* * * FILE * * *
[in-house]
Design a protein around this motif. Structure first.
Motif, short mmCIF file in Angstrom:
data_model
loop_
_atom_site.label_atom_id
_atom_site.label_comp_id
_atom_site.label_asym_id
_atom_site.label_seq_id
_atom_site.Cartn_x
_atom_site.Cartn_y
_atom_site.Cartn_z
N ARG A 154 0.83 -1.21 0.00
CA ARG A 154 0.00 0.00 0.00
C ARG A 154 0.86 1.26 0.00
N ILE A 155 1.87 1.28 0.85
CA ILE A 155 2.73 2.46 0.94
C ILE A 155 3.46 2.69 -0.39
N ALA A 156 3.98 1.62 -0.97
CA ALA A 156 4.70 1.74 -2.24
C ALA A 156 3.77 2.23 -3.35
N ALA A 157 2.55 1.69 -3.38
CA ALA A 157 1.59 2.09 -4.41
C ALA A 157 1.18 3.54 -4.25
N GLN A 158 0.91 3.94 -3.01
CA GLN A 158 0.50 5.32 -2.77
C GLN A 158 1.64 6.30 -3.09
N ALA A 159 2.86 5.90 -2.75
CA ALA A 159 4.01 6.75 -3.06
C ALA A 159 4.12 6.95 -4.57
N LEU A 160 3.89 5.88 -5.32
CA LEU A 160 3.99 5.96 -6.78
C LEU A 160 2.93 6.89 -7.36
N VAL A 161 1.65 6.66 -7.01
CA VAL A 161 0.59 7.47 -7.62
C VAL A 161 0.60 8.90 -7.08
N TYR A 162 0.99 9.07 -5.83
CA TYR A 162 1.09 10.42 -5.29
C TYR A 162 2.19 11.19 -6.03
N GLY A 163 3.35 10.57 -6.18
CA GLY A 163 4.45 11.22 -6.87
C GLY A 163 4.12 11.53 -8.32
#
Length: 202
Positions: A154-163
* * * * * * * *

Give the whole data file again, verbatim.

[in-house]
Design a protein around this motif. Structure first.
Motif, short mmCIF file in Angstrom:
data_model
loop_
_atom_site.label_atom_id
_atom_site.label_comp_id
_atom_site.label_asym_id
_atom_site.label_seq_id
_atom_site.Cartn_x
_atom_site.Cartn_y
_atom_site.Cartn_z
N ARG A 154 0.83 -1.21 0.00
CA ARG A 154 0.00 0.00 0.00
C ARG A 154 0.86 1.26 0.00
N ILE A 155 1.87 1.28 0.85
CA ILE A 155 2.73 2.46 0.94
C ILE A 155 3.46 2.69 -0.39
N ALA A 156 3.98 1.62 -0.97
CA ALA A 156 4.70 1.74 -2.24
C ALA A 156 3.77 2.23 -3.35
N ALA A 157 2.55 1.69 -3.38
CA ALA A 157 1.59 2.09 -4.41
C ALA A 157 1.18 3.54 -4.25
N GLN A 158 0.91 3.94 -3.01
CA GLN A 158 0.50 5.32 -2.77
C GLN A 158 1.64 6.30 -3.09
N ALA A 159 2.86 5.90 -2.75
CA ALA A 159 4.01 6.75 -3.06
C ALA A 159 4.12 6.95 -4.57
N LEU A 160 3.89 5.88 -5.32
CA LEU A 160 3.99 5.96 -6.78
C LEU A 160 2.93 6.89 -7.36
N VAL A 161 1.65 6.66 -7.01
CA VAL A 161 0.59 7.47 -7.62
C VAL A 161 0.60 8.90 -7.08
N TYR A 162 0.99 9.07 -5.83
CA TYR A 162 1.09 10.42 -5.29
C TYR A 162 2.19 11.19 -6.03
N GLY A 163 3.35 10.57 -6.18
CA GLY A 163 4.45 11.22 -6.87
C GLY A 163 4.12 11.53 -8.32
#
Length: 202
Positions: A154-163